In the interest of openness and documentation, we also plan to establish a presence on other social media sites including Twitter and Facebook once we officially launch the project. Of course, we plan to continue blogging as well.

Next Steps: Launch Party

Now that we have a critical mass of stories collected and our beta site and voicemail system up and running, we are in the midst of planning a formal launch event some time in late October or November 2009. It will take place in a secret oasis called Mulberry Fields, formerly the site of a dairy farm and currently a community space complete with garden plots, goats, and chickens.

imageThe launch event will take place on a Sunday afternoon and begin with a series of self-guided walking tours throughout these neighborhoods using the Echo voicemail system—attendees will be able to choose from several themes including “Front porch stories” or “Yard art.” After people have had a chance to take a walk and learn more about their neighborhoods, a party will kick off in Mulberry Fields where we will serve coffee, tea and cupcakes, and where neighbors will have an opportunity to mingle and get to know one another better. We hope to include some press at this event as well.

Future Goals: Creating a Toolkit

We want Echo to expand beyond Atlanta. Our next big challenge, once we launch here and secure additional funding, will be to apply our experience and lessons learned toward setting up a portable toolkit so that passionate members of any community can stand up an Echo system in their own neighborhoods.

Lessons Learned

  • It is really difficult to devote time to work on a side project while working a demanding day job. Adding a formal Project Manager to our team helped us to manage this challenge more effectively. We’ve also learned that we must be disciplined in terms of setting up regular check-ins, assignments, and deadlines in order to force ourselves to keep moving.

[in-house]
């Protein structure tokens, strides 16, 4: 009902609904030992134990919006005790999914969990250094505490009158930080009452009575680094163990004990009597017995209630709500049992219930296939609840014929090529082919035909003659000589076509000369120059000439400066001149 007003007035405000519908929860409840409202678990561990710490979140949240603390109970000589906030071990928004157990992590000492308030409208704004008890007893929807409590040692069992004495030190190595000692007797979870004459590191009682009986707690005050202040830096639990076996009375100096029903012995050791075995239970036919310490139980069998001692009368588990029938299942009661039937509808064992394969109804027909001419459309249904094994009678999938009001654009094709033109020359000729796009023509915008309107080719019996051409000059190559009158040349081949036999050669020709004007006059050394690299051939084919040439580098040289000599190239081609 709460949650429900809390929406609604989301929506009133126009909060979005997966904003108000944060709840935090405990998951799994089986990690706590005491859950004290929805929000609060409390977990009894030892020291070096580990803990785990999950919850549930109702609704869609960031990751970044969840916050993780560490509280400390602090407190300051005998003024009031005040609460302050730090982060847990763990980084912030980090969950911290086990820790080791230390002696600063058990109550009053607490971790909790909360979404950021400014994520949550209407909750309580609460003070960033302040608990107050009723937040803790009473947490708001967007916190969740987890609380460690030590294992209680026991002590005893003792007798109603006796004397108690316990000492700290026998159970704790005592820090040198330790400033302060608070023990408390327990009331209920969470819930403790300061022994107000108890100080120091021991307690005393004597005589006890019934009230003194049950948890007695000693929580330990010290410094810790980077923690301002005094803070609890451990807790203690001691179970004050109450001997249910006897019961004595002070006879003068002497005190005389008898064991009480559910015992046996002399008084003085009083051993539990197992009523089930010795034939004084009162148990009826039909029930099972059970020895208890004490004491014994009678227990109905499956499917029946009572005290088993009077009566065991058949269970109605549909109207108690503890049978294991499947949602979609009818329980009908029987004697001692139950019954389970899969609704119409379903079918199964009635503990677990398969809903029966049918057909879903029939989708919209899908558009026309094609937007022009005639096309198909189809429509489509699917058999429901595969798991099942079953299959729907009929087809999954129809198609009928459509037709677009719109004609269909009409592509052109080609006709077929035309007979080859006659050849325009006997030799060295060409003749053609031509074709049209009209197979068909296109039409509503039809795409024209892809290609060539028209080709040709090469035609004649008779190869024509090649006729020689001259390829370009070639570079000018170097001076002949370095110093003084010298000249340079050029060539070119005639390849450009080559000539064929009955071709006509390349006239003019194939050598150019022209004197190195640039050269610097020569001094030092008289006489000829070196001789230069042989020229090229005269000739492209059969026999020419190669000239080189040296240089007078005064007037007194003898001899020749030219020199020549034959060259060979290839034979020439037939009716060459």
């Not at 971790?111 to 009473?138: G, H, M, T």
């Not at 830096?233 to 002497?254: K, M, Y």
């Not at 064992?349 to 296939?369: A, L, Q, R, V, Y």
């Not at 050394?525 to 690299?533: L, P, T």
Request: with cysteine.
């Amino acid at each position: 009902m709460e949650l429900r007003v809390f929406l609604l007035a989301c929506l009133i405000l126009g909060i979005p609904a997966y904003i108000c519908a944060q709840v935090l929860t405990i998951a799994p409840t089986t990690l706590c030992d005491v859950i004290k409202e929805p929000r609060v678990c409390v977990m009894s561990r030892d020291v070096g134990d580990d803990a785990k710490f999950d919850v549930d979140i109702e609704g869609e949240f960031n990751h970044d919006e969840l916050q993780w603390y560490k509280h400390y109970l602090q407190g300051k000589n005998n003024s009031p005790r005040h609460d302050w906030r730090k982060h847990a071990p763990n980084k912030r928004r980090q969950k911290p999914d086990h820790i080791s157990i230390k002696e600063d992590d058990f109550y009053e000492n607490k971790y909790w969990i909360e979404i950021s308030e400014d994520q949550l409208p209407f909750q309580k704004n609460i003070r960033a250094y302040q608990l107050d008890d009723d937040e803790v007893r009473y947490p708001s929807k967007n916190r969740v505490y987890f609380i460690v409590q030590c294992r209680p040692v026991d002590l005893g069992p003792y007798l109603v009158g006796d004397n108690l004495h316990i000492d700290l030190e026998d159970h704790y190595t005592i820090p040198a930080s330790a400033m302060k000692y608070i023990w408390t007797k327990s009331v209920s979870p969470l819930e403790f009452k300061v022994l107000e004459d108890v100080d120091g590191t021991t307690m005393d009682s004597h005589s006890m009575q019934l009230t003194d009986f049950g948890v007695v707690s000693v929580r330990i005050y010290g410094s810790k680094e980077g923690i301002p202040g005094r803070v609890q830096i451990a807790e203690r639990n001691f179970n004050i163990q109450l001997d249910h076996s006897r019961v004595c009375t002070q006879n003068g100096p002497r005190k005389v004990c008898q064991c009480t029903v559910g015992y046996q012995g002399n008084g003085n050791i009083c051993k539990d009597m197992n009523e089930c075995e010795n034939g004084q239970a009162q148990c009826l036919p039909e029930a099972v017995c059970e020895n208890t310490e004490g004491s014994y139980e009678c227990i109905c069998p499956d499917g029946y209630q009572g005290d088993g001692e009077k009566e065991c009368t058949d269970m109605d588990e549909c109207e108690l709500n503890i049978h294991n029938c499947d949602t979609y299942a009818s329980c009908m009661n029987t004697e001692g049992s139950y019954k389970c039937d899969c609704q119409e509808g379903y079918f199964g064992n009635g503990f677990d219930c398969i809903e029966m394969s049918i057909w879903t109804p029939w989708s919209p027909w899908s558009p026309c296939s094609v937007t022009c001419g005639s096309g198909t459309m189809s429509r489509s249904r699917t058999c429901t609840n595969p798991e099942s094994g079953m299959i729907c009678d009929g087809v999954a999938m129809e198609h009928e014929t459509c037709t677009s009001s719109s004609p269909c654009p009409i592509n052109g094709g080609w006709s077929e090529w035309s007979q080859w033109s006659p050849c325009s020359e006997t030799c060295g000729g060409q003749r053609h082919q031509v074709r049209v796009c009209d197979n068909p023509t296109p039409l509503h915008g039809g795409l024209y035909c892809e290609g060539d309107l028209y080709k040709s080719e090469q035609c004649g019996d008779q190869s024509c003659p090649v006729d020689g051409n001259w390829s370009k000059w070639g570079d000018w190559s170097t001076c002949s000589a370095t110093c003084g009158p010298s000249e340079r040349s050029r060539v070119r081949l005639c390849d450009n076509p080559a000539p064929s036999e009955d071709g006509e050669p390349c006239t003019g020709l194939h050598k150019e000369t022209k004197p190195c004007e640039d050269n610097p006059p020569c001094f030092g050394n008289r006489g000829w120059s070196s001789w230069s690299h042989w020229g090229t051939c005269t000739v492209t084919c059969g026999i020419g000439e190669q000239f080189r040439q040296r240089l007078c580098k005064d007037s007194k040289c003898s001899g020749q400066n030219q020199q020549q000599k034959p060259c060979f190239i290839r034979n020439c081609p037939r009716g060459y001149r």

• The learning curve for the nuts and bolts of starting a new business was steeper than we’d originally thought it we be, and we spent more time in the first half of the year pulling together basic legal and tax documents than we had anticipated.
  • Working with like-minded friends makes for a wonderful creative environment, but good relationships aren’t necessarily enough to propel a project forward. The developer and designer we worked with both do incredible work, and we love working with them, but they’re also juggling demanding day jobs and weren’t always able to focus as intently on Echo as we would have liked.  If we were to start the project over today we would probably begin with a more rigorous schedule of deadlines and expectations, and perhaps would have hired different people to do the initial design and development work.

 

   • Posted by Karyn Lu on 10/16 at 09:06 AM